This muzzle is light, allows for panting, and is constructed in such a way that it won’t irritate and creates for comfortable long duration wear.
- Fantastic ventilation
If you’re looking for a muzzle that just works for all situations, but doesn’t break the bank? This one from Ray allen is the best entry step you’ll find. Yes, it looks a little scary – but this one is far more comfortable and far more customisable than many!
I do suggest you size up from Ray Allen’s recommendation! They tend to size quite small.
The Jafco Vinyl muzzle is truly resilient. It’s a great, clear choice for those wanting to ensure a bite doesn’t happen. This one is a fantastic choice for veterinary appointments and groomers if your dog is a little nervous.
Best Leashes For Large Reactive Dogs
This is the part of the system that I’ve seen go wrong the most.
It’s kinda terrifying when it happens too. Some people even advocate a double leash system with a large reactive dog! Personally I don’t. There are leashes out there that can contain your dog if you structure things right.
At this stage we need to consider the leash, it’s strength and it’s construction.
When it comes to the construction of the leash, I’m a massive fan of “Simple is stronger” – the more moving parts you can remove from the system the fewer parts there are to fail. It’s the Keep It Simple, Stupid approach, right?
If you want to read more about the specifics of leashes, this will help Understanding Flat Leashes – Breaking Leashes Down By Their Components
Flexi-leads or retractable leashes are really not going to be recommended for reactivity, primarily because if they have the space? You don’t have the control you need in order to train your dog. In very specific highly monitored situations, with an incredibly reliable recall? Perhaps. But, overall? I truly would suggest avoiding these, and opting for a flat leash. Read more about Flexi-leads.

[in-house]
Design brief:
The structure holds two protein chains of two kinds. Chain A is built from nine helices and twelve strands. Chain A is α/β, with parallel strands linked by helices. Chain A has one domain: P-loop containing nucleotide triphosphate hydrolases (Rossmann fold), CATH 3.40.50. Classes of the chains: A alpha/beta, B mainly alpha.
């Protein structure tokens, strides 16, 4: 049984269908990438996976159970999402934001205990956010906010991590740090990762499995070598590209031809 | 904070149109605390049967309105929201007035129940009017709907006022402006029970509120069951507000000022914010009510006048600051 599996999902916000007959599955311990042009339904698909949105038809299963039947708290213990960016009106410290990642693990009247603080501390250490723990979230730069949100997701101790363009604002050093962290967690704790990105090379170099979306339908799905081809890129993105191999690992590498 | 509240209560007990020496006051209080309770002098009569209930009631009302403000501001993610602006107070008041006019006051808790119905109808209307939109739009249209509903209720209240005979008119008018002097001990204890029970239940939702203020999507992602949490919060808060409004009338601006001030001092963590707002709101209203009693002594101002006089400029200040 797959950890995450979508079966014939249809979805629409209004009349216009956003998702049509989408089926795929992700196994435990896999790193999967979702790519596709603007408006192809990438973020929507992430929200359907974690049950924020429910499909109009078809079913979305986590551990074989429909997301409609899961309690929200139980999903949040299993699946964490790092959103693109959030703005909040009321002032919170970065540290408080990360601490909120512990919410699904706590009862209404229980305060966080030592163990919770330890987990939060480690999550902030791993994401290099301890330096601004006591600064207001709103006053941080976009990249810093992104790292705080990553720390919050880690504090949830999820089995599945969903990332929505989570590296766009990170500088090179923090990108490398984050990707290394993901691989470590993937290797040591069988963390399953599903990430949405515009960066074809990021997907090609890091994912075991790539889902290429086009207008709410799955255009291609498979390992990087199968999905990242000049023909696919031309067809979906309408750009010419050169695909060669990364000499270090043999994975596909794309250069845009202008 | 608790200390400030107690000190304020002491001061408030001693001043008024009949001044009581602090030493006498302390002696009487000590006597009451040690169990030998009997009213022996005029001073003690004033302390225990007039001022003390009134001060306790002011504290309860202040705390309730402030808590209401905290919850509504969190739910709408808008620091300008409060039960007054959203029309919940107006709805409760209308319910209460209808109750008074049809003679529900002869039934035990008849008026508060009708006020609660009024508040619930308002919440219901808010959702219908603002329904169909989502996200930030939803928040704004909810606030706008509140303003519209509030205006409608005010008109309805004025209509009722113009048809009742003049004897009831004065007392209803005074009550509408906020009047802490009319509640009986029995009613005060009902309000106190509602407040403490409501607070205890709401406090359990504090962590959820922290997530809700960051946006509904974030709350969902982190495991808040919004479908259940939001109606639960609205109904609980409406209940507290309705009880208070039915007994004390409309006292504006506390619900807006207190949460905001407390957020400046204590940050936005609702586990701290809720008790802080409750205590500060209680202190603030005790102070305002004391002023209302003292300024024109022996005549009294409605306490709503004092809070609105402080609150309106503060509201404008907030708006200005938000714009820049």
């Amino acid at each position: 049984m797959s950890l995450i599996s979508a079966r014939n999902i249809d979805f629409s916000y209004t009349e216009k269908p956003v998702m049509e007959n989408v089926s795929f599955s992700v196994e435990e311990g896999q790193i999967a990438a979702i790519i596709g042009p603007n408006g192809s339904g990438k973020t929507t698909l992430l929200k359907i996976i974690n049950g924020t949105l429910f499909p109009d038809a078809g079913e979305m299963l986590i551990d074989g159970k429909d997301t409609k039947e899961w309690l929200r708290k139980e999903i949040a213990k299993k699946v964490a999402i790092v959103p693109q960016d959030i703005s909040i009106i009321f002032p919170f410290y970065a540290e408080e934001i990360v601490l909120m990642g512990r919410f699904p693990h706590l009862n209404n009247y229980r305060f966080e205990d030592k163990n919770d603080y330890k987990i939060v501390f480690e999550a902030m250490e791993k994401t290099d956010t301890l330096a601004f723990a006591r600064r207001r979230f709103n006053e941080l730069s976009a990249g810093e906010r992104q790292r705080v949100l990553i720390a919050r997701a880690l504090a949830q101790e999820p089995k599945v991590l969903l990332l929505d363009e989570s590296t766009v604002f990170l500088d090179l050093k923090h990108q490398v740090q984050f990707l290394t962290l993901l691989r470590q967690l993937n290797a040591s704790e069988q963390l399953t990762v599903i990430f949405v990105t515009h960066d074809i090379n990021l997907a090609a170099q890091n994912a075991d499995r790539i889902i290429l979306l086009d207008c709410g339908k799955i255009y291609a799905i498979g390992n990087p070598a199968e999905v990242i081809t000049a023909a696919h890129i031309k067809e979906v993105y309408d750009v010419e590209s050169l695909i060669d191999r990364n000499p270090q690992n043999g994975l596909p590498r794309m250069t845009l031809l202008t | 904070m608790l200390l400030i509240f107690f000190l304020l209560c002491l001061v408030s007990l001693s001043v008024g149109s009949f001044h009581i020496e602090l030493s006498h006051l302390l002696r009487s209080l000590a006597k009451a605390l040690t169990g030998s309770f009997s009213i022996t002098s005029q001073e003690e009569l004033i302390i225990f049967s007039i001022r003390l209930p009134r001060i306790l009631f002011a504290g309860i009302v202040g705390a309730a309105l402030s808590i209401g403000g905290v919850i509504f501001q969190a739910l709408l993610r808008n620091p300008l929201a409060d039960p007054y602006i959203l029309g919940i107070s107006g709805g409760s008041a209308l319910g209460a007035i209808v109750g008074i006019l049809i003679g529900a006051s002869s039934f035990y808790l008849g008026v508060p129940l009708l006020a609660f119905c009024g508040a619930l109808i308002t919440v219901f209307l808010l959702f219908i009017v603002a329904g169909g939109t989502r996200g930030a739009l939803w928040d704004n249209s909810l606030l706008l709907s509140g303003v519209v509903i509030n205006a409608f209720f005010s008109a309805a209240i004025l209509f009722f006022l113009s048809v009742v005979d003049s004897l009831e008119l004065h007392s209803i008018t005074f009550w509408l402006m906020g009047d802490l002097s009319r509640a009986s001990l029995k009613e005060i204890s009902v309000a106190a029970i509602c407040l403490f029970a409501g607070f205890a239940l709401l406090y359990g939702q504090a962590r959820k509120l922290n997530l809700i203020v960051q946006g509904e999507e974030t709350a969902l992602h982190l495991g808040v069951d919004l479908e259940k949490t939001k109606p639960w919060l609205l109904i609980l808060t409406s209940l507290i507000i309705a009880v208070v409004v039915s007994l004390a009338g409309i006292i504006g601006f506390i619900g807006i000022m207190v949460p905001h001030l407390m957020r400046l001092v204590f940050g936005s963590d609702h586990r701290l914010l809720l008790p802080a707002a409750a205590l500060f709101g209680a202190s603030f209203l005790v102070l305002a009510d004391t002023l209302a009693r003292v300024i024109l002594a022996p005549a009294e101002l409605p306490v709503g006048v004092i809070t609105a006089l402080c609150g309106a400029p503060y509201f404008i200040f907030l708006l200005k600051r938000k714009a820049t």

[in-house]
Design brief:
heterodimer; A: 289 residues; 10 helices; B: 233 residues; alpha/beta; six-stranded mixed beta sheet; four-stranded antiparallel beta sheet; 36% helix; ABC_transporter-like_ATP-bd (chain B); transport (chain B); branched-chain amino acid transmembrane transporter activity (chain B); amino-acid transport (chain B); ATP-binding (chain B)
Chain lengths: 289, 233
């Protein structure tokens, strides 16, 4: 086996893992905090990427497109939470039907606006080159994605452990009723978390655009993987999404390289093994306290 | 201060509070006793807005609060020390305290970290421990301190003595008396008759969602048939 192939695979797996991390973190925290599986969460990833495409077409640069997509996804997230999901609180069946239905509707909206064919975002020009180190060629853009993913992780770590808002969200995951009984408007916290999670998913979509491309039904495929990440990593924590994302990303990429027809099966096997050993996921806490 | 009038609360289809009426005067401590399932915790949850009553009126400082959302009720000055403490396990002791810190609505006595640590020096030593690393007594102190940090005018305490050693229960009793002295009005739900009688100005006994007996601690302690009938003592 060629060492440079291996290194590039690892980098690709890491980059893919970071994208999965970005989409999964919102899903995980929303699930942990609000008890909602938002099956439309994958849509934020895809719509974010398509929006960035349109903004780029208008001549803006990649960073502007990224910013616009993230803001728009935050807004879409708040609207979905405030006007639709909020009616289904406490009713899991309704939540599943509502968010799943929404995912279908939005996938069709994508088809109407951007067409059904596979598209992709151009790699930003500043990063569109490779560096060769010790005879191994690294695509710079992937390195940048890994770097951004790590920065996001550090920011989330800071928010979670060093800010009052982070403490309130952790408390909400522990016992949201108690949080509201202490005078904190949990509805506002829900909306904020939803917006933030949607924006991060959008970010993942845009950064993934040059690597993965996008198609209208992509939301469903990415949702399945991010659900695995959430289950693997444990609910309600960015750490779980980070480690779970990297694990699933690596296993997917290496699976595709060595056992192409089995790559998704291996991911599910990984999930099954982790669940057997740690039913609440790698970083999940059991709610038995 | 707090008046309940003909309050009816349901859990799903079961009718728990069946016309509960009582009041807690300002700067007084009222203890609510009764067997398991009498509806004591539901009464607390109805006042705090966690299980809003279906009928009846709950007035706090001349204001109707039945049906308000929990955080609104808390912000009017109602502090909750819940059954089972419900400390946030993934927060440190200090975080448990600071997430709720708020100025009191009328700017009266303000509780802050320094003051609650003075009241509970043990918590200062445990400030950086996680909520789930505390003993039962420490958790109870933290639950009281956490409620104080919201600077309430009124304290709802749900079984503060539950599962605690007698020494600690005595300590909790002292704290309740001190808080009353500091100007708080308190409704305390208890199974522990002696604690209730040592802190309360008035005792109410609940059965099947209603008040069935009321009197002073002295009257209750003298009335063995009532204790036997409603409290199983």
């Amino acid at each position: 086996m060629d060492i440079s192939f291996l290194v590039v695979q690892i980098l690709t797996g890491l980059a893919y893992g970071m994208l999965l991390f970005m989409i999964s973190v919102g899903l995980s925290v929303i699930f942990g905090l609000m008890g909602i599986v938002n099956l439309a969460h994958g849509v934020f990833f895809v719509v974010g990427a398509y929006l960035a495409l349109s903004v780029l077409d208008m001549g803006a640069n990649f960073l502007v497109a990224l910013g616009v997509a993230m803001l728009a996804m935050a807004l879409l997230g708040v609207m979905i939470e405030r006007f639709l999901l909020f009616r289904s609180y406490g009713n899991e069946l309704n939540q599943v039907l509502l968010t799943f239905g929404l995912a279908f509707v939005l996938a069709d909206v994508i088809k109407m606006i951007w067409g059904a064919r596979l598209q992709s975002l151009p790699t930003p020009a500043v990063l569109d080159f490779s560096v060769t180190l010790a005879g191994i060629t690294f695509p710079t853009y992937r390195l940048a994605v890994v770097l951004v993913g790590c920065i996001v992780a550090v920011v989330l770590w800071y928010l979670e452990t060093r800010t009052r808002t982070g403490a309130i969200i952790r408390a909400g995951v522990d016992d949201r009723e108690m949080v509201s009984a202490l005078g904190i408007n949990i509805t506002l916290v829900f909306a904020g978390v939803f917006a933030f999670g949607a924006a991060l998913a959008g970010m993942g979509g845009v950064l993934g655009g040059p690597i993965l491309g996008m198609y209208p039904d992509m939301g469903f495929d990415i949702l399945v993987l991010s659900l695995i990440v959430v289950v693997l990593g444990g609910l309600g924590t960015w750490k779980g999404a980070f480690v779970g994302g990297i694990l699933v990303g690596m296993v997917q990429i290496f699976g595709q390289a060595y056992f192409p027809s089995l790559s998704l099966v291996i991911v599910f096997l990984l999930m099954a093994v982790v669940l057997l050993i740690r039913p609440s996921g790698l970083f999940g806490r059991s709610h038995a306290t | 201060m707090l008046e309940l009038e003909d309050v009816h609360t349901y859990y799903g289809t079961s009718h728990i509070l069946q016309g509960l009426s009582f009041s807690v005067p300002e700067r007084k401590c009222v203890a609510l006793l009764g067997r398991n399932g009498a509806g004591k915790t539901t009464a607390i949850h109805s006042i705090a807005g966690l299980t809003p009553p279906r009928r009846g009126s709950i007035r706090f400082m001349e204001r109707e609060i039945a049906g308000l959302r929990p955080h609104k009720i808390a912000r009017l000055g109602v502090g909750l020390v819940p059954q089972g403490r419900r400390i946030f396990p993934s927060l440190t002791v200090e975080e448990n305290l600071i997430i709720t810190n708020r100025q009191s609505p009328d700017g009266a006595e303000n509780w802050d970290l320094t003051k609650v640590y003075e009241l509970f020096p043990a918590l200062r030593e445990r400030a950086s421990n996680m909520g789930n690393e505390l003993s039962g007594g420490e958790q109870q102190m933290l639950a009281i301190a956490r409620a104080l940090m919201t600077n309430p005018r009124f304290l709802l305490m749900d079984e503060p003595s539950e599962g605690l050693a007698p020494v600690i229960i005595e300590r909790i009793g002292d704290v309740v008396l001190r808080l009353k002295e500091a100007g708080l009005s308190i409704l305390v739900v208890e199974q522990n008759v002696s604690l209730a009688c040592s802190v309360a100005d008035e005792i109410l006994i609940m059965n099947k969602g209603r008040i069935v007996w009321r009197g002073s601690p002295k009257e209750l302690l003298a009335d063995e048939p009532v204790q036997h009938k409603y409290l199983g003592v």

My Favourite Leashes For Large Reactive Dogs
- Double ended
- Easy care
This double ended leash allows for flexibility in how you walk, how much space your dog gets, as well as maximising whatever harness you put your dog in. If you opt for a chest attachment point? You can split this between the front and back attachment points to give you more control, or you can shrink the leash down for tighter areas and closer control, or give them much more freedom if you walk in somewhere and it’s much quieter than you were anticipating.
The Halti training leash is incredibly affordable, but it is good to note that these snaphooks are not stress rated.
- Kong Frog clip
Whilst this only offers a single clip, the kong frog clip hails from climbing gear, and is incredibly strong for what it is. It’s also got built in fail safes, because it naturally cannot fail if one part of the clip fails – which is wonderful.
This leash is also fabulously simple, it has less things to go wrong, so creates a stronger system.
- Climbing grade carabiner
- Climbing grade rope
Whilst this can be a little tough on the hands, there’s no doubt in it’s strength or resiliency when put under pressure.
Best Long Lines For Reactive Dogs
Eventually, if everything progresses as it should, it’s really important that we start giving them a little more freedom.
A great way to do this is with a long line. Personally? I won’t advocate a horse lunge line (bad experiences!), but these are ones I have used without issue.
My Favourite Long Lines Fore Reactive Dogs
- Biothane (Easy care)
- Wonderfully soft
- Extra grippy handle
- Length options
- Colour options
- Highly visible
- Width Options
- Easy wash
- Biothane (easy care)
- Various lengths
- Various colours